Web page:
Mobile phone history can be described in two eras — B.C. (Basic Cellphones) and A.D. (Apple Dominance). So profound was the iPhone’s imact was that it wiped the slate of competitors nearly clean; Samsung is the only company from the feature phone era that has since become a global leader. Motorola, Nokia, BlackBerry, and Palm now exist only as subsidiaries or licensed brands.
And then there’s LG, which has survuved, but has lost billions of dollars over more than 20 consecutive quarterly losses. The company maintains a respectable presence in the U.S. market compared to, say, HTC or Sony, which also seems to be continually hanging on to its mobile business by a thread. But LG’s position is now being threatend by Chinese brands such as OnePlus and TCL as well as Xiaomi and others outside the U.S.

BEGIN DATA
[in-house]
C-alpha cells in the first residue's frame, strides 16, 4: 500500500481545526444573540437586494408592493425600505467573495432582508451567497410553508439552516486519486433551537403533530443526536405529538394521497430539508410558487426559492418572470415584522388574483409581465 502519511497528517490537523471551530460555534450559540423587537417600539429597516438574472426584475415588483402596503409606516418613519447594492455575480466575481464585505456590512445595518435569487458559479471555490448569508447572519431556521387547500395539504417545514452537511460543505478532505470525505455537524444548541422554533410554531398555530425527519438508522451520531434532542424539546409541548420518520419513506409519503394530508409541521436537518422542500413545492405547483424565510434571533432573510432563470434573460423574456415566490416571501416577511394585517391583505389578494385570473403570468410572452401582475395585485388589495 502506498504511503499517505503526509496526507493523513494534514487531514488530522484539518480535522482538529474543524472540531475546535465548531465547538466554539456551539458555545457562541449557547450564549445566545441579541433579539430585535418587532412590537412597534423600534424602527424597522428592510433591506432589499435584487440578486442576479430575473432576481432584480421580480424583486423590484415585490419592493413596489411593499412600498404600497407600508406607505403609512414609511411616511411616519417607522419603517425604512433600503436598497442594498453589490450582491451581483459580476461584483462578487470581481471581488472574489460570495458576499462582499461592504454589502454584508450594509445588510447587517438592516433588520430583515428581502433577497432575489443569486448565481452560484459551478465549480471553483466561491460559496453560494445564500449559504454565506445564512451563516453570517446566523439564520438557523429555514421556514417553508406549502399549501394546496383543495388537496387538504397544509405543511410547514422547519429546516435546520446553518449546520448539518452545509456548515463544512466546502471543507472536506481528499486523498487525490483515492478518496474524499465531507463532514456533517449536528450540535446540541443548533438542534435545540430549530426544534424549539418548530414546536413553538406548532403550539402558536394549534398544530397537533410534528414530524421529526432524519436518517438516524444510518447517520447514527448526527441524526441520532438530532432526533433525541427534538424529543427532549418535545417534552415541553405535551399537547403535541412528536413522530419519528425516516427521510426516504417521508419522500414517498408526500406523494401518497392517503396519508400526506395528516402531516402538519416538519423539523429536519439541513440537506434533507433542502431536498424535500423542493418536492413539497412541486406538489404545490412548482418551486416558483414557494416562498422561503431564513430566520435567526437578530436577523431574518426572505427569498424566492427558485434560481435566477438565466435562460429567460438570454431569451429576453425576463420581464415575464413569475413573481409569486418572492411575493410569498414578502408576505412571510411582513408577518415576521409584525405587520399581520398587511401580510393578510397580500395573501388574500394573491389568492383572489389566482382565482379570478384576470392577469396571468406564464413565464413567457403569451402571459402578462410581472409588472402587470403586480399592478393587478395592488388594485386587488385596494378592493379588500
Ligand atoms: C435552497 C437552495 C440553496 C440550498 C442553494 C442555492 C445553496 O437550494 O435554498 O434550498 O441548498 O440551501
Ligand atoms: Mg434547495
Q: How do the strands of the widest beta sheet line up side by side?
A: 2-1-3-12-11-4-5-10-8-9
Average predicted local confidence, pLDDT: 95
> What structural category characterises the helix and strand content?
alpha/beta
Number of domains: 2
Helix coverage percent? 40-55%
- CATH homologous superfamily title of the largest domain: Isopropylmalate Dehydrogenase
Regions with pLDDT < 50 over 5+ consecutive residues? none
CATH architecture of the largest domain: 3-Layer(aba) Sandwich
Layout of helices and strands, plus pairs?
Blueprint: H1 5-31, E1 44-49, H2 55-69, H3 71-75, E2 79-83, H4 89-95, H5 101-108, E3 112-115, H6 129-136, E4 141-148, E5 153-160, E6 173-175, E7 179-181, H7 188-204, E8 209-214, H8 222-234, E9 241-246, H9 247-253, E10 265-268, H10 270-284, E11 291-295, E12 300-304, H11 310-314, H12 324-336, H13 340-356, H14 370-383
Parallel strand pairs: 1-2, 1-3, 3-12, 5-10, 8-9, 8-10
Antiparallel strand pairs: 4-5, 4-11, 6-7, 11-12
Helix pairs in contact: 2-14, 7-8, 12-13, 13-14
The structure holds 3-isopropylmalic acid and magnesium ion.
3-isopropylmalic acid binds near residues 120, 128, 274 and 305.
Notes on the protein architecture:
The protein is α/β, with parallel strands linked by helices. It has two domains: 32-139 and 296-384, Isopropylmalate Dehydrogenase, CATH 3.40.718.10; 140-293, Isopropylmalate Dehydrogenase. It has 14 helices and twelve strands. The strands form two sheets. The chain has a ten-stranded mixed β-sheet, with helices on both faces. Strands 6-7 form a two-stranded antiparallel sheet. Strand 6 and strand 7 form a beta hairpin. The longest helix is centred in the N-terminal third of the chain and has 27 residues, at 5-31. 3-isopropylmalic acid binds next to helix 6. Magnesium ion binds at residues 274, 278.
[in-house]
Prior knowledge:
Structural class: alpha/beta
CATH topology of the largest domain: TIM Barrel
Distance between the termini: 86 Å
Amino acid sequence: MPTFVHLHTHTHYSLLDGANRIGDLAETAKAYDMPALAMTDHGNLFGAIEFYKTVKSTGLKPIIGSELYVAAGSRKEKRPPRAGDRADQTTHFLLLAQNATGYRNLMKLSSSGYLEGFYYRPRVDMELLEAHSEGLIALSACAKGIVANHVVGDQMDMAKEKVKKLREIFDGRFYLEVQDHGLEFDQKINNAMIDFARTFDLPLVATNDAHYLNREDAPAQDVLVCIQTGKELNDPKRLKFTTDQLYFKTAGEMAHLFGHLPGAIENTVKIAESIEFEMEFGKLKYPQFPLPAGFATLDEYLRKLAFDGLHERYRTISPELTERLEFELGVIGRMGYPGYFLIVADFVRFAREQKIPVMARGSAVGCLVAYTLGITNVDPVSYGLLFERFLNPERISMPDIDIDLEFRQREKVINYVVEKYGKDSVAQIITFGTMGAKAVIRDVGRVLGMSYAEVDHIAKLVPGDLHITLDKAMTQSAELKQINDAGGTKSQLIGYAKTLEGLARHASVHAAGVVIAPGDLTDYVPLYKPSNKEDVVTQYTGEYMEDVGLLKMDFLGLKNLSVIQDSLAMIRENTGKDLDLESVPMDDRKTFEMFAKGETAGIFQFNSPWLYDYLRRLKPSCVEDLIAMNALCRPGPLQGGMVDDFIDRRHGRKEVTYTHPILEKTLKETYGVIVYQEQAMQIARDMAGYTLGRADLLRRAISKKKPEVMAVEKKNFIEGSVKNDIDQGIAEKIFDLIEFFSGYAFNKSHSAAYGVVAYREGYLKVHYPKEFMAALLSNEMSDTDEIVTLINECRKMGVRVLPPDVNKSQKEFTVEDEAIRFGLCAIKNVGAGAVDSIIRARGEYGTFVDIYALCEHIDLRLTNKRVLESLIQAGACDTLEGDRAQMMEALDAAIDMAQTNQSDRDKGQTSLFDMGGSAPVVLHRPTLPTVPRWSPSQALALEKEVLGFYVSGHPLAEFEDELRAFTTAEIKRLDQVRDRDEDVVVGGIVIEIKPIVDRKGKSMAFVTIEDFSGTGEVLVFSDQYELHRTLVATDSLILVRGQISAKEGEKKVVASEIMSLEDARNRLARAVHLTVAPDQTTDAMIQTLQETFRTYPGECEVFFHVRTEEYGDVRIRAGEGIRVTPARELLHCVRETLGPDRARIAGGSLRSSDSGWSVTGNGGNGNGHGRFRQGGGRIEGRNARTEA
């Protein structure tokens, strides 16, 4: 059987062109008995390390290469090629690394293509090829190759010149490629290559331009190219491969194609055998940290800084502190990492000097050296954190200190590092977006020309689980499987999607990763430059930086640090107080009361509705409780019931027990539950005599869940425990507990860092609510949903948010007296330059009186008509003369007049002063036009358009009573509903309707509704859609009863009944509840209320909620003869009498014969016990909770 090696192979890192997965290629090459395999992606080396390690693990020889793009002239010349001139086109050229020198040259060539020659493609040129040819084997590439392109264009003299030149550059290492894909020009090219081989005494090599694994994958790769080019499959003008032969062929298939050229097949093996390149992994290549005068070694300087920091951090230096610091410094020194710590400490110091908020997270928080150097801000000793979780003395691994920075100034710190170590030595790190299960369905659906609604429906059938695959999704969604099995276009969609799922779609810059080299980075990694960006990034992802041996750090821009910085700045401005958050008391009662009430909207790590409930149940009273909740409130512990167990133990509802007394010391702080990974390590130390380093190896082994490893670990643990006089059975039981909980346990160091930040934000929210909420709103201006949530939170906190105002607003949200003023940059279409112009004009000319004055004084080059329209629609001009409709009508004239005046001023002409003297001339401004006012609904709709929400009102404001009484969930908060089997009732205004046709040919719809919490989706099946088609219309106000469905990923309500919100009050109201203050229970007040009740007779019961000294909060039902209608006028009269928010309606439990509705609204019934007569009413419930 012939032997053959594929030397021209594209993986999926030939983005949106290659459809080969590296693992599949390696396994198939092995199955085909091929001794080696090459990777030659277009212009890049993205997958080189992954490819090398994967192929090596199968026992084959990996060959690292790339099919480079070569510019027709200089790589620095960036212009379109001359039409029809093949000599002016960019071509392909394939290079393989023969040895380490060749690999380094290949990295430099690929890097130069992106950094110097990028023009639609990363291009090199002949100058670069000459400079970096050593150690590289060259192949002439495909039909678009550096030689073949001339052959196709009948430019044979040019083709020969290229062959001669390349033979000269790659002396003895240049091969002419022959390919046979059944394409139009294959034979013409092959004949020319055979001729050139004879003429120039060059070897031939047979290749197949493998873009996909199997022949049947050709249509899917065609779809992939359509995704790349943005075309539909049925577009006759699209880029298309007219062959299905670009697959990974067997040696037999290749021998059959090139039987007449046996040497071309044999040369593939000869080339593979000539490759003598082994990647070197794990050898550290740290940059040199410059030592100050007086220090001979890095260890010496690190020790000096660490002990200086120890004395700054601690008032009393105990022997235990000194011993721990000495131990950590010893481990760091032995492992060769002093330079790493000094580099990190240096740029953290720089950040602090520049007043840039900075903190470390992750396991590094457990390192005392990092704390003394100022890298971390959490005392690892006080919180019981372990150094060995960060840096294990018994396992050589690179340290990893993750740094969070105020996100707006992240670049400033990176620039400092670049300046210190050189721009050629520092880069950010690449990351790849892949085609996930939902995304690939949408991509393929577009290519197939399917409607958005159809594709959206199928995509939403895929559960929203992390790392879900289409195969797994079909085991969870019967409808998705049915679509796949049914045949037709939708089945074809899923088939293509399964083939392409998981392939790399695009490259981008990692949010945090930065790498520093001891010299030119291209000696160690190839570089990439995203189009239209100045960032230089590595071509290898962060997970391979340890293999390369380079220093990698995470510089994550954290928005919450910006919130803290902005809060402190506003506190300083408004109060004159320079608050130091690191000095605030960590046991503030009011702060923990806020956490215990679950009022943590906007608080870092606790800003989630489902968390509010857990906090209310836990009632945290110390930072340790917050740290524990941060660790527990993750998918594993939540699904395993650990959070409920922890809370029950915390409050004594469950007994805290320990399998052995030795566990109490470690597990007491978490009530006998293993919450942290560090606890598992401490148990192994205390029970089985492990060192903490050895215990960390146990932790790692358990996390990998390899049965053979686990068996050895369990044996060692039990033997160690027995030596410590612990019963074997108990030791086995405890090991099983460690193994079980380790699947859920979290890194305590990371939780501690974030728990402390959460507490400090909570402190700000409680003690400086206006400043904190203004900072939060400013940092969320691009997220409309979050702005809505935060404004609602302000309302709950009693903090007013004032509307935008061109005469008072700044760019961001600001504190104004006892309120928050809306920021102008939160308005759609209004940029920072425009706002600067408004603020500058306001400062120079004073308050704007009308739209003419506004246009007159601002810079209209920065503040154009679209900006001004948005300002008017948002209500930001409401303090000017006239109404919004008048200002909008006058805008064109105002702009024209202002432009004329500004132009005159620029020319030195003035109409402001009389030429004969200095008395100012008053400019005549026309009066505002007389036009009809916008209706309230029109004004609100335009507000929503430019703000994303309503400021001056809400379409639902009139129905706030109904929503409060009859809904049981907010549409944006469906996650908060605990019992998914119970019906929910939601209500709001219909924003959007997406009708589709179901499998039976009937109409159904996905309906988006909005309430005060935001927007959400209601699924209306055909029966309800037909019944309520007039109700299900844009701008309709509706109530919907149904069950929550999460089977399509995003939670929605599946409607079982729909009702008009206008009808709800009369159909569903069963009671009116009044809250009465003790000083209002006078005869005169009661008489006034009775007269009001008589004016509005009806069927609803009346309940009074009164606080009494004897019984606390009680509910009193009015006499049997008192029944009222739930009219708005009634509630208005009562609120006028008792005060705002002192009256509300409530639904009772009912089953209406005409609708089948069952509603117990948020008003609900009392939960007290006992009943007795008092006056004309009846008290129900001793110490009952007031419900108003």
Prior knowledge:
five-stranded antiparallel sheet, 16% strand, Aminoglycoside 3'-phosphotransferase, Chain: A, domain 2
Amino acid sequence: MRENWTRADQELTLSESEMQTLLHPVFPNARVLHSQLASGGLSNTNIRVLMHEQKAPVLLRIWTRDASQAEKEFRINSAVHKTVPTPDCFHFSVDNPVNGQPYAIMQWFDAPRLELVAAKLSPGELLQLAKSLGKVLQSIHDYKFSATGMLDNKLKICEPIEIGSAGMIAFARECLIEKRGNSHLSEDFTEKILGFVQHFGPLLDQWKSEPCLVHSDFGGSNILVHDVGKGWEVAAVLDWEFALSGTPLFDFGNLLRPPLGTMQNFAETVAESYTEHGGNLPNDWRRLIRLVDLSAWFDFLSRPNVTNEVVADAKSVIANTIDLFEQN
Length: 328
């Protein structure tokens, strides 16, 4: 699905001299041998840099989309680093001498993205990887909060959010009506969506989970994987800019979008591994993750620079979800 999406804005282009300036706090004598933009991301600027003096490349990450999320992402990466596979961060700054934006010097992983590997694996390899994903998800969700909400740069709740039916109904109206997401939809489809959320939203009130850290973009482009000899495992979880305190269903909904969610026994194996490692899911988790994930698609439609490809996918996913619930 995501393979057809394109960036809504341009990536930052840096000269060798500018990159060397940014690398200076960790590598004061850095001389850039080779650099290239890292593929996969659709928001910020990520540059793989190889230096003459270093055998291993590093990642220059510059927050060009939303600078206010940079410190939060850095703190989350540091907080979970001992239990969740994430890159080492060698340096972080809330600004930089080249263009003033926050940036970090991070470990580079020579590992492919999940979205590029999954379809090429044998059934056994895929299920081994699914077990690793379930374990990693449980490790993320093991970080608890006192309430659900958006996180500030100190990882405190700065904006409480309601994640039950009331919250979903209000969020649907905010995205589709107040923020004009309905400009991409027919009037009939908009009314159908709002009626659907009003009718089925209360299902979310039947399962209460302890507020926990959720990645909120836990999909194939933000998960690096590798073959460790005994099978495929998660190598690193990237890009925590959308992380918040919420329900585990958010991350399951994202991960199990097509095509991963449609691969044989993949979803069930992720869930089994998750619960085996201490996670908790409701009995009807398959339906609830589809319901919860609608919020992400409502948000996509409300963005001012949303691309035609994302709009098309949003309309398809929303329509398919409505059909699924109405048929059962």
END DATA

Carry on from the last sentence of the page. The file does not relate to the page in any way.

LG’s exit would come at an odd time. After dipping into a niche form factor wth the swiveling Wing smartphone last year, it has repeatedly teased a rolling smartphone, a form factor that, as I’ve written, could have broader appeal than the folding smartphone that has become a differentiator for its chief rival.